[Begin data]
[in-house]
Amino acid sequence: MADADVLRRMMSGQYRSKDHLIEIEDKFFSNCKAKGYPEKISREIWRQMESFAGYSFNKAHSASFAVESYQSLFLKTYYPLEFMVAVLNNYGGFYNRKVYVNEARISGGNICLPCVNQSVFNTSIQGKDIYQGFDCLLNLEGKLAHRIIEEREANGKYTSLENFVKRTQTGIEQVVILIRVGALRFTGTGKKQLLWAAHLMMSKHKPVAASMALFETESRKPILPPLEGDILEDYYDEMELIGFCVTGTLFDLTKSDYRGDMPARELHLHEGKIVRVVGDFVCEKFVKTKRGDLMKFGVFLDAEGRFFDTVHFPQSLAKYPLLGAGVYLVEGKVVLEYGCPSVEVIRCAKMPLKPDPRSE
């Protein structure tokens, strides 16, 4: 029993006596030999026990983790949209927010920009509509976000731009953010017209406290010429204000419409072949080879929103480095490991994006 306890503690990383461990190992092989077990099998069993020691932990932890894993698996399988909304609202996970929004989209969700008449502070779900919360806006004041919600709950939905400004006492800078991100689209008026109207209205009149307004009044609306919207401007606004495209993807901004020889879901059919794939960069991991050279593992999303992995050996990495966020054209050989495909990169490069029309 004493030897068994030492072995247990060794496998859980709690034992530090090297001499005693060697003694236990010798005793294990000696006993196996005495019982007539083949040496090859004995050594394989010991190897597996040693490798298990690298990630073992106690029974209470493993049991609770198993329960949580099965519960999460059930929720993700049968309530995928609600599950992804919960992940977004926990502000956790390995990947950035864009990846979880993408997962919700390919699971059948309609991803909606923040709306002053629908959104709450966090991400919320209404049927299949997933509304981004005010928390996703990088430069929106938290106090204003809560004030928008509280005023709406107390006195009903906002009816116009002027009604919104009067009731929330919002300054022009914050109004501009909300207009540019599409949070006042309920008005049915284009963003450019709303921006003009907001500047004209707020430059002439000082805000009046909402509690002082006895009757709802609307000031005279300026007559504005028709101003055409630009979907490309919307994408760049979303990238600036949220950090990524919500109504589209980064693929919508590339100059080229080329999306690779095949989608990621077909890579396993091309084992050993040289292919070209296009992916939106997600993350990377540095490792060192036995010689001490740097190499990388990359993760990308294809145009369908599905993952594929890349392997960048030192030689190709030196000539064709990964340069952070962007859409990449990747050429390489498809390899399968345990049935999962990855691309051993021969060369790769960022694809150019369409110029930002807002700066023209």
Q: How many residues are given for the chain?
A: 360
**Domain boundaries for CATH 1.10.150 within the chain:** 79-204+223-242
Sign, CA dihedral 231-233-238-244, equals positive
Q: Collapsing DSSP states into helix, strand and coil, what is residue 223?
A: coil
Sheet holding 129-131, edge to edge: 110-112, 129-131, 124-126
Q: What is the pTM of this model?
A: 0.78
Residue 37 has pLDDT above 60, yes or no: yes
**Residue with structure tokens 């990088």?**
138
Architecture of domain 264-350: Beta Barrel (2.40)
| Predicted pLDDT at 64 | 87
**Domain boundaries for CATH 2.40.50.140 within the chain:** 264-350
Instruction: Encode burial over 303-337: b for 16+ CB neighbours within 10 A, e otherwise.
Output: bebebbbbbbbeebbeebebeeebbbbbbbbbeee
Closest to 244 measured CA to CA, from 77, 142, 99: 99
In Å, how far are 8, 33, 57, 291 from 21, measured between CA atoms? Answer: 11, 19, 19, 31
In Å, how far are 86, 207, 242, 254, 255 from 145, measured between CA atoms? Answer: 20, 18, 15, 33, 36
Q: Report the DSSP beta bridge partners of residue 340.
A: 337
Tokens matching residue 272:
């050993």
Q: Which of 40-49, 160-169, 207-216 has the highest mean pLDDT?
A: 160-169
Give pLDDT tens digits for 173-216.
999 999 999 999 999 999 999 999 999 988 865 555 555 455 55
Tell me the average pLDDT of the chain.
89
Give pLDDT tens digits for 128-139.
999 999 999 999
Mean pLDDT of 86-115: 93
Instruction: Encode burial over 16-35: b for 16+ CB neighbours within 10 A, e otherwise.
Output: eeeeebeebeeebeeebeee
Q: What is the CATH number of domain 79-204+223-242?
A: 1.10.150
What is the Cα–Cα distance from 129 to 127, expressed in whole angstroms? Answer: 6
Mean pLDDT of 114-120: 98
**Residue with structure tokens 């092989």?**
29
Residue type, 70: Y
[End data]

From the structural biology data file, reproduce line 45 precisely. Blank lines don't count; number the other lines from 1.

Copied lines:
Residue type, 70: Y